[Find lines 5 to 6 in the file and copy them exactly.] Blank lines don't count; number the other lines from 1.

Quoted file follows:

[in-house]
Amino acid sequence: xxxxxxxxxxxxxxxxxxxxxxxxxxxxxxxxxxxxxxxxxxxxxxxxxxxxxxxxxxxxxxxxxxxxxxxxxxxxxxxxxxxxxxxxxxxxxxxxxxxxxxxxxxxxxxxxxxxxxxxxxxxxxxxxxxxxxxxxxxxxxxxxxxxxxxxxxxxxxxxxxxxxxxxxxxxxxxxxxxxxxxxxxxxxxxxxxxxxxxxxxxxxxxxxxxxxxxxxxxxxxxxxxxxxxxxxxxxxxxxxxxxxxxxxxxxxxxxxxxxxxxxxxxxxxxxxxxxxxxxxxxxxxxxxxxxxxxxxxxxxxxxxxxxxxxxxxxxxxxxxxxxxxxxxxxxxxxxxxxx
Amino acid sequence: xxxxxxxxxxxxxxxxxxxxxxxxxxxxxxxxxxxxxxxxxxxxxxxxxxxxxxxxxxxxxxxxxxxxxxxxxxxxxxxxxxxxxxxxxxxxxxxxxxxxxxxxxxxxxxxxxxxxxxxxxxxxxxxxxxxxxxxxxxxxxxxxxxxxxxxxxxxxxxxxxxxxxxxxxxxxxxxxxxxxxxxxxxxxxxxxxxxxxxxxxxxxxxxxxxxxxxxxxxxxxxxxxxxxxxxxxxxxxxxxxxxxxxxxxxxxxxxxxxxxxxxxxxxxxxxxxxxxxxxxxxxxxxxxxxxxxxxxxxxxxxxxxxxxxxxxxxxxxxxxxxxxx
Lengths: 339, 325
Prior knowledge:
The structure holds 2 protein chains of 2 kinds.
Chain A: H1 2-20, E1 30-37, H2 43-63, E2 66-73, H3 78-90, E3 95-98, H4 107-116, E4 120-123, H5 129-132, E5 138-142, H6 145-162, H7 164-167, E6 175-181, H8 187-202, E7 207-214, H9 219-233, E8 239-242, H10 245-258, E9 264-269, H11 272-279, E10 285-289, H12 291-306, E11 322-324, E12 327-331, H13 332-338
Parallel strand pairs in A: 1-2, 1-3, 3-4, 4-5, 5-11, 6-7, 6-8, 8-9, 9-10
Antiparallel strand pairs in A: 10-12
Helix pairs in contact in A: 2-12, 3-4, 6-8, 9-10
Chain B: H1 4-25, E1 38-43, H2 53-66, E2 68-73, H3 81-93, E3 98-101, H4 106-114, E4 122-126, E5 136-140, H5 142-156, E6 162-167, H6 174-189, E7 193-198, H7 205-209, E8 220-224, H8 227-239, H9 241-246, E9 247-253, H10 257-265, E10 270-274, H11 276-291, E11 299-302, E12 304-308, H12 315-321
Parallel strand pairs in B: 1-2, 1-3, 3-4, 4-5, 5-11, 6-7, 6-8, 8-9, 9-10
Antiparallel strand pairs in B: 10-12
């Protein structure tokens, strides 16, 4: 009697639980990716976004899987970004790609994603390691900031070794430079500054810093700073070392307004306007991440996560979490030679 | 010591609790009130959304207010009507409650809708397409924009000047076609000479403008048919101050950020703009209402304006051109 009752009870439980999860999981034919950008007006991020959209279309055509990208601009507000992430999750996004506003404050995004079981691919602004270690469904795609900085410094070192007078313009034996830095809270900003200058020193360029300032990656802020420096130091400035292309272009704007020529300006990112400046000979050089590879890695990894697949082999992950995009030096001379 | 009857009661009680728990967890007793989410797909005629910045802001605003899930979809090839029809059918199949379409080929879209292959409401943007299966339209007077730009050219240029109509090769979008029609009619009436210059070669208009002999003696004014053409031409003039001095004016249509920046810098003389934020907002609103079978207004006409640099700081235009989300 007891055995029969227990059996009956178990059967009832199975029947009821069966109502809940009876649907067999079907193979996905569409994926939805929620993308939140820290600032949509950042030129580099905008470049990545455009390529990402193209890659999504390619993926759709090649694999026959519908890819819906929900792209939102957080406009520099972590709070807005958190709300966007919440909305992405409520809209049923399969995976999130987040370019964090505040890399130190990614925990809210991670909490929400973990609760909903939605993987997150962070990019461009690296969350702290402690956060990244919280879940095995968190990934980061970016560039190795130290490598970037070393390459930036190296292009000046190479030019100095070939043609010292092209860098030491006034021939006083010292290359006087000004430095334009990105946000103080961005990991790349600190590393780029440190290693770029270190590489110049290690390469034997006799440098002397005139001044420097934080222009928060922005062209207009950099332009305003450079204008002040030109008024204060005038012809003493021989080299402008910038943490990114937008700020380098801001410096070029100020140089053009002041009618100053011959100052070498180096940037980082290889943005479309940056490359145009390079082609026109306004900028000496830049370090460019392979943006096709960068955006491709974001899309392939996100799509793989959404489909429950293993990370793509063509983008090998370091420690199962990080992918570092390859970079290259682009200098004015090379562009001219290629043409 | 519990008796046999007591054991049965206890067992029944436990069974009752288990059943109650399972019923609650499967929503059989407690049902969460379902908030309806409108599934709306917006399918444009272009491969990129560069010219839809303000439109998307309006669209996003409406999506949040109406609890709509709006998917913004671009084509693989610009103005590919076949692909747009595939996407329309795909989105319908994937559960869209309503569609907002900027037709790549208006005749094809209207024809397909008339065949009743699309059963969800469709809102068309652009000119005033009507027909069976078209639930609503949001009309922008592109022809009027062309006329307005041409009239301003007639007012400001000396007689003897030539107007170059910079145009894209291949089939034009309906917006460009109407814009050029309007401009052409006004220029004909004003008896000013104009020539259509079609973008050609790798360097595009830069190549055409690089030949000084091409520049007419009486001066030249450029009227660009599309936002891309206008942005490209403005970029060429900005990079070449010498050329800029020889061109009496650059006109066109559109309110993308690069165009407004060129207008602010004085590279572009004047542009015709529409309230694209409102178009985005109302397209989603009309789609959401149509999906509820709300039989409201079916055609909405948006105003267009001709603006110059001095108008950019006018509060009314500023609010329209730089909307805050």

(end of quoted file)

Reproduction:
Prior knowledge:
The structure holds 2 protein chains of 2 kinds.